Lloyds Bank updates climate policy to drop financing for new oil and gas fields
Lloyds Bank has announced a new landmark policy to ensure that it does not directly support new oil and gas developments through its financing, as part of an update to its climate action plan.
Lloyds has this week issued an update to its climate policy and has essentially barred financial support and reverse-based lending to oil and gas projects. However, the policy does mean that the bank can still provide lending support to oil and gas companies.
The updated policy notes that Lloyds is supporting some customers that are partaking in oil and gas exploration in the North Sea. However, the bank has stated that no new greenfield oil and gas developments will be supported.
“As part of our commitment to supporting the transition to a sustainable, low-carbon economy, we will work with our existing clients to support them to establish credible and impactful transition plans,” the bank posted in a statement.
“We are developing an assessment methodology and an engagement strategy for these plans and will require existing clients to have their plans in place by the end of 2023. We will not provide financing to new clients in the oil and gas sector unless it is for viable projects into renewable energies and transition technologies and clients have credible transition plans at the point of onboarding.”
Lloyds has also claimed that it will not support “self-financing” for upstream oil or gas exploration, development and production in the Arctic or Antarctic regions, or reverse-based lending for oil and gas companies with exploration and operations in the Arctic.
The bank will also not support companies “involved in the exploration or development of oil sands, outside of fields already approved for development as of 2021” or provide “project specific” financing for onshore oil and shale gas fracking.
According to Reuters, the bank provided a little under £1bn to oil and gas customers last year, which accounts for around 0.2% of its overall lending.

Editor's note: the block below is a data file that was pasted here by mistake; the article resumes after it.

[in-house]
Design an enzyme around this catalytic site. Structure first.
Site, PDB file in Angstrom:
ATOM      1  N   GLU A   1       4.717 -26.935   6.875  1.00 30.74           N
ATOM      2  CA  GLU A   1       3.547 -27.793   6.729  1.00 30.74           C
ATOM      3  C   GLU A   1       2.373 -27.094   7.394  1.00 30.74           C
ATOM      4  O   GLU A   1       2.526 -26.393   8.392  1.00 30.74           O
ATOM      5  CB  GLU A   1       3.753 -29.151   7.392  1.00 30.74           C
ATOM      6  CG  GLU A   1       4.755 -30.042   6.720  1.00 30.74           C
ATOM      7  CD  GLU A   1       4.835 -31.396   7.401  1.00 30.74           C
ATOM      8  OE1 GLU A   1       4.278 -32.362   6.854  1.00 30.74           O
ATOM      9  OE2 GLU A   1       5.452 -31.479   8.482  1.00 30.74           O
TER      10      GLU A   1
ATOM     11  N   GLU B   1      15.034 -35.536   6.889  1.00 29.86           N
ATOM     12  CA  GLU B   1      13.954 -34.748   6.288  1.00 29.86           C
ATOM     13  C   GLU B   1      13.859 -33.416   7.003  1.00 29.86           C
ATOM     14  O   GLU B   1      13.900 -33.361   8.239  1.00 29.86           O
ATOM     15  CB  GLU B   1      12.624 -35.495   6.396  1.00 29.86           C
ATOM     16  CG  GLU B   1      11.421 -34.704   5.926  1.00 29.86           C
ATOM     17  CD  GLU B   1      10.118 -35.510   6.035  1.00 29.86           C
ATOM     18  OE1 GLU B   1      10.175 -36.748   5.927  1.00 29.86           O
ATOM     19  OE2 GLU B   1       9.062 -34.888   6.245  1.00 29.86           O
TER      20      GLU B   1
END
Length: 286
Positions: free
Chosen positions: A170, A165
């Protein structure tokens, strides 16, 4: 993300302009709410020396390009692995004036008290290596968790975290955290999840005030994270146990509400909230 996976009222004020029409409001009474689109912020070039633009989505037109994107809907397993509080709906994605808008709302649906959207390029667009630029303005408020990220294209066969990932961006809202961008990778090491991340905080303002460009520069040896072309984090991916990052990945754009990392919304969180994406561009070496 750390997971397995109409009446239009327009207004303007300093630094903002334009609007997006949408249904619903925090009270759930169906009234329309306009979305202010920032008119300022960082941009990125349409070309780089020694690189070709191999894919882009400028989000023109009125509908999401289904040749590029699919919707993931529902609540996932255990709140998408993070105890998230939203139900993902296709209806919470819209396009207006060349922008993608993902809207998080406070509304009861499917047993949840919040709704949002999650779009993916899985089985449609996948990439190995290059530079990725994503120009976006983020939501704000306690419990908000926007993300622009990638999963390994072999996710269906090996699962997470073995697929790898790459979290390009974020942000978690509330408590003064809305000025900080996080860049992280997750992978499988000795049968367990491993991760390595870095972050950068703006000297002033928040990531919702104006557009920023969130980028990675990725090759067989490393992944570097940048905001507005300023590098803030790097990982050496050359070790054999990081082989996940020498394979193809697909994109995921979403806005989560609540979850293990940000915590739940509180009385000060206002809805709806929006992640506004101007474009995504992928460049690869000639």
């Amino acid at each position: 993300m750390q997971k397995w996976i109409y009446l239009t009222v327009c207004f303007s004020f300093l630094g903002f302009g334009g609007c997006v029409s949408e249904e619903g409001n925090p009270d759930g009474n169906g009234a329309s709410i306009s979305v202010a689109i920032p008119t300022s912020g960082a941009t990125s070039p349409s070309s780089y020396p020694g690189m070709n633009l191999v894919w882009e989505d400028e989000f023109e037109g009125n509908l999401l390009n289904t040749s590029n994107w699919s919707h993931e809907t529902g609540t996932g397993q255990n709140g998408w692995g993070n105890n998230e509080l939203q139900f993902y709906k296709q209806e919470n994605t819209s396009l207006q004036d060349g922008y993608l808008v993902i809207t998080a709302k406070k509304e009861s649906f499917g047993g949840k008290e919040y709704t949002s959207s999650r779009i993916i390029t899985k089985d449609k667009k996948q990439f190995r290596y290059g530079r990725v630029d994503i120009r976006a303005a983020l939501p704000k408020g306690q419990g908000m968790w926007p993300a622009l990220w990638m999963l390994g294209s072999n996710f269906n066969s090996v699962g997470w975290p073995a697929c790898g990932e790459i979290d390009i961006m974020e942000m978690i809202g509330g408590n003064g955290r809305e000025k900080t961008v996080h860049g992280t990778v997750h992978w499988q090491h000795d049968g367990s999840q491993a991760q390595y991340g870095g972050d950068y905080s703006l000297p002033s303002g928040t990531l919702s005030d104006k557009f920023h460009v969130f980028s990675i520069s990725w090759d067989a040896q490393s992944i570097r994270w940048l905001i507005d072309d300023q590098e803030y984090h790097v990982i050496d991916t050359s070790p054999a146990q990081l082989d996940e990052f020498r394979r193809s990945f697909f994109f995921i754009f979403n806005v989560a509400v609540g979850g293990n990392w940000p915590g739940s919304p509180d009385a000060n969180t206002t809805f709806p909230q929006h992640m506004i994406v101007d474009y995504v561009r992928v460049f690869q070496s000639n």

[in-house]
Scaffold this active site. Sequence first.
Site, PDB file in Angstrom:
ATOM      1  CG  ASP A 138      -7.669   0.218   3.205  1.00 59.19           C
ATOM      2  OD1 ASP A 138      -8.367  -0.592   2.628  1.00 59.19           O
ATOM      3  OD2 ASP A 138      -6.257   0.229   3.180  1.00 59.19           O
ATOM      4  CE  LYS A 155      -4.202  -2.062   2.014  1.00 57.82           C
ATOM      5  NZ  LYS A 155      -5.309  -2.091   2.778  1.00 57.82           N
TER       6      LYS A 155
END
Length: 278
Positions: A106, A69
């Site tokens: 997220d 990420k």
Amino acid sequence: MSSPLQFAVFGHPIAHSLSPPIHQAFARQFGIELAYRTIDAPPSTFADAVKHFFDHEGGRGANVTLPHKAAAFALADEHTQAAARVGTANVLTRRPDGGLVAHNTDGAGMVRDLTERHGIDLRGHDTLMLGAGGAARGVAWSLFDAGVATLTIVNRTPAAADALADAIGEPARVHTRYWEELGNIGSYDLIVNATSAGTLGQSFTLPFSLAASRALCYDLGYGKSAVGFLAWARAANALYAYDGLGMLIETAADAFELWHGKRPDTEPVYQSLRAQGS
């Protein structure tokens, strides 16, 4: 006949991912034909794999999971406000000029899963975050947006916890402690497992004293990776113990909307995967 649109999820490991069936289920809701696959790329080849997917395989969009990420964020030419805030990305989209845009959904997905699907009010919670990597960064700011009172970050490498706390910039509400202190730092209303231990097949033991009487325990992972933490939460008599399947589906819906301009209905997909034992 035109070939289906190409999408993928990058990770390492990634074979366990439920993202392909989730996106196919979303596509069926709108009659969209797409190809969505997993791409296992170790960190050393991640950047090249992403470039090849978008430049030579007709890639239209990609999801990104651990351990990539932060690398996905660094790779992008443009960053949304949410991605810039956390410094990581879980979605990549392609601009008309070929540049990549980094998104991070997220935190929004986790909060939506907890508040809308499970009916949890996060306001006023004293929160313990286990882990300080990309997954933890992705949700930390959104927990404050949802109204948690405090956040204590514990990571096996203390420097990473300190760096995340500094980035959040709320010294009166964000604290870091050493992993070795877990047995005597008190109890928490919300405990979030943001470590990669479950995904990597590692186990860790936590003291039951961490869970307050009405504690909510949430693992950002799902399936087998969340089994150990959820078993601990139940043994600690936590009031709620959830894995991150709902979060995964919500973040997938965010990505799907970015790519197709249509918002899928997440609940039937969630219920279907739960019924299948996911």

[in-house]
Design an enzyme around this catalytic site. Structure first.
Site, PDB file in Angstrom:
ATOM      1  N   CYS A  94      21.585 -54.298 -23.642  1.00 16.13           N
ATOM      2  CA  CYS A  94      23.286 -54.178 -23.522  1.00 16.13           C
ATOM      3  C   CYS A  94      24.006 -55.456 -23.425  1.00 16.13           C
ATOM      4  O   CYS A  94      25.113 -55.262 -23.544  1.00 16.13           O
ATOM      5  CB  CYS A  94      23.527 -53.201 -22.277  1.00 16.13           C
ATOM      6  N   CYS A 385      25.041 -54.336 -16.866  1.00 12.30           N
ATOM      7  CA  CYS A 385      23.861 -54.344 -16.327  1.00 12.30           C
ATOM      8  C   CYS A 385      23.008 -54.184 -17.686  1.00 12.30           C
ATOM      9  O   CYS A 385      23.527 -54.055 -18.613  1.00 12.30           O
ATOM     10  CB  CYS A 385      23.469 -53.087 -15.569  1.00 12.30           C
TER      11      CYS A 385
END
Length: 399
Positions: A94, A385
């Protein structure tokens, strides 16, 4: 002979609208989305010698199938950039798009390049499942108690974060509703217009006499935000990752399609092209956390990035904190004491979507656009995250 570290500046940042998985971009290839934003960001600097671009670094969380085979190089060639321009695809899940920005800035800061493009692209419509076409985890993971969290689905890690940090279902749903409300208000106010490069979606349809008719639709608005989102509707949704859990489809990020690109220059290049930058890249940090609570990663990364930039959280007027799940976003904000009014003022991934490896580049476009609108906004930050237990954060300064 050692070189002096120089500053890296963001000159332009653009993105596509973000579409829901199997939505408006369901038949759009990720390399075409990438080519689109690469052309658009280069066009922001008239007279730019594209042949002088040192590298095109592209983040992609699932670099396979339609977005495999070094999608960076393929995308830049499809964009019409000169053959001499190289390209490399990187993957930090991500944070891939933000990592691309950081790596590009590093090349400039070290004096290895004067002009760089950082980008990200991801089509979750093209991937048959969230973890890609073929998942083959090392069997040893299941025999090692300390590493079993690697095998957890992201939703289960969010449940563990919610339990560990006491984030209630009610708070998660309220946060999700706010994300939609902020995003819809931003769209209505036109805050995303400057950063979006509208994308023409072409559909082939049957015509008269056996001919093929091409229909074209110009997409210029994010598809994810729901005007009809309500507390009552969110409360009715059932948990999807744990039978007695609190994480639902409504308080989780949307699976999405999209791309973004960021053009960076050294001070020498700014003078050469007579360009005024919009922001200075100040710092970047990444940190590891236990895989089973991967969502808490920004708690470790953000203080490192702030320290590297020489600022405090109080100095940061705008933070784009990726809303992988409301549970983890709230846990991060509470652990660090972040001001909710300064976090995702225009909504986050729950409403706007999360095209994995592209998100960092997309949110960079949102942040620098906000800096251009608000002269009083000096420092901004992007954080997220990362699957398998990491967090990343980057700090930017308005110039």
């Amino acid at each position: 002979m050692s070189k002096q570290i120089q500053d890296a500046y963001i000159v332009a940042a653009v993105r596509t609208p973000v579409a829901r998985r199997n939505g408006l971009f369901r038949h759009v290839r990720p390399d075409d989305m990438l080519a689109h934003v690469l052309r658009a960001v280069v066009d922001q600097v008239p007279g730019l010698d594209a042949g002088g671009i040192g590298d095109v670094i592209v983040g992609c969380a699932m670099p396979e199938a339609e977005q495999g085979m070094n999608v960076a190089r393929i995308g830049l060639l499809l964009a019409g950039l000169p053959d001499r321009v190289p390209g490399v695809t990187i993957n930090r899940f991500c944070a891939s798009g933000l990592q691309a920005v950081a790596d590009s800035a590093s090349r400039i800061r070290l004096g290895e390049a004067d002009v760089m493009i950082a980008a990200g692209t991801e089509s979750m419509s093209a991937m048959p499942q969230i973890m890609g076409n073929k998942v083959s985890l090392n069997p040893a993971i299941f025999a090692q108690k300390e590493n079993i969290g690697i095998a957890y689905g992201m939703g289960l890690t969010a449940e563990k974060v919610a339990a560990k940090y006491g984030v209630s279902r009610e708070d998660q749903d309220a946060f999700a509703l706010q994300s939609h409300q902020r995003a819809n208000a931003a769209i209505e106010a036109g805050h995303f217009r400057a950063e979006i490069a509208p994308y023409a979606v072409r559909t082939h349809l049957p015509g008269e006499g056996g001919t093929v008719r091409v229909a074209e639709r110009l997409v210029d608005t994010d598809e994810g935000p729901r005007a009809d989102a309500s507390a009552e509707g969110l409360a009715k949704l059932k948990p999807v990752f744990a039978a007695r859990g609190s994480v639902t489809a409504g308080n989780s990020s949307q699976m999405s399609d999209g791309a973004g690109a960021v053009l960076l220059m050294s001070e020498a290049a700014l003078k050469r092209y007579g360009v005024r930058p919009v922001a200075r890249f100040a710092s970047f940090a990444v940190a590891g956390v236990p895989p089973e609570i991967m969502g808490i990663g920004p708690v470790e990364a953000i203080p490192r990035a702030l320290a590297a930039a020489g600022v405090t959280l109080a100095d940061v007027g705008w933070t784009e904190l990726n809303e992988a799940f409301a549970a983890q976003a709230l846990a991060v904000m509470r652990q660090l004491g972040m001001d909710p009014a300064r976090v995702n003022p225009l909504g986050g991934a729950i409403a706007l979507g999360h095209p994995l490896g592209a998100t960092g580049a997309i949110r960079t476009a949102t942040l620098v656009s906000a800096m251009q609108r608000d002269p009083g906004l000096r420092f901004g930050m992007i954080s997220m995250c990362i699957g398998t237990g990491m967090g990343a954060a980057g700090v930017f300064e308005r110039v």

The updated climate policy also noted that Lloyds will “not generally support” firms involved only in exploration. The bank will also look to increase alignment with the Global Gas Flaring Reduction Partnership (GGFR) and will endorse of the World Bank’s Zero Routine Flaring by 2030 initiative.
Commenting on the announcement, Tony Burdon, chief executive at Make My Money Matter said: “Lloyds’ new policy marks an important turning point in the dangerous relationship that exists between leading UK banks and fossil fuel companies. By becoming the first of the five largest UK high street banks to stop the direct financing of new gas, oil, and coal projects, Lloyds is making a clear statement on the future of financing for fossil fuel expansion. Such action is not only popular with customers, but also critical for our planet.
“This important first step creates a new standard for high street banks. Because if Lloyds can act, what’s stopping NatWest, Barclays, HSBC, or Santander following suit? That’s why we’re calling on these banks to follow Lloyds’ lead by ruling out the direct financing of new fossil fuel expansion, and starting the process of ending all financing for those companies involved in new fossil fuel expansion. In doing so they can ensure more money flows towards the industries that are tackling the climate crisis – not fuelling the fire”
edie has announced a new partnership with Lloyds Bank to showcase and support business leadership on sustainability and climate action through our content and events.
The new partnership will see the leading British retail and commercial bank partner with the edie Awards – which are now open for entries – along with a brand-new series of the edie podcast which is due to launch in October.
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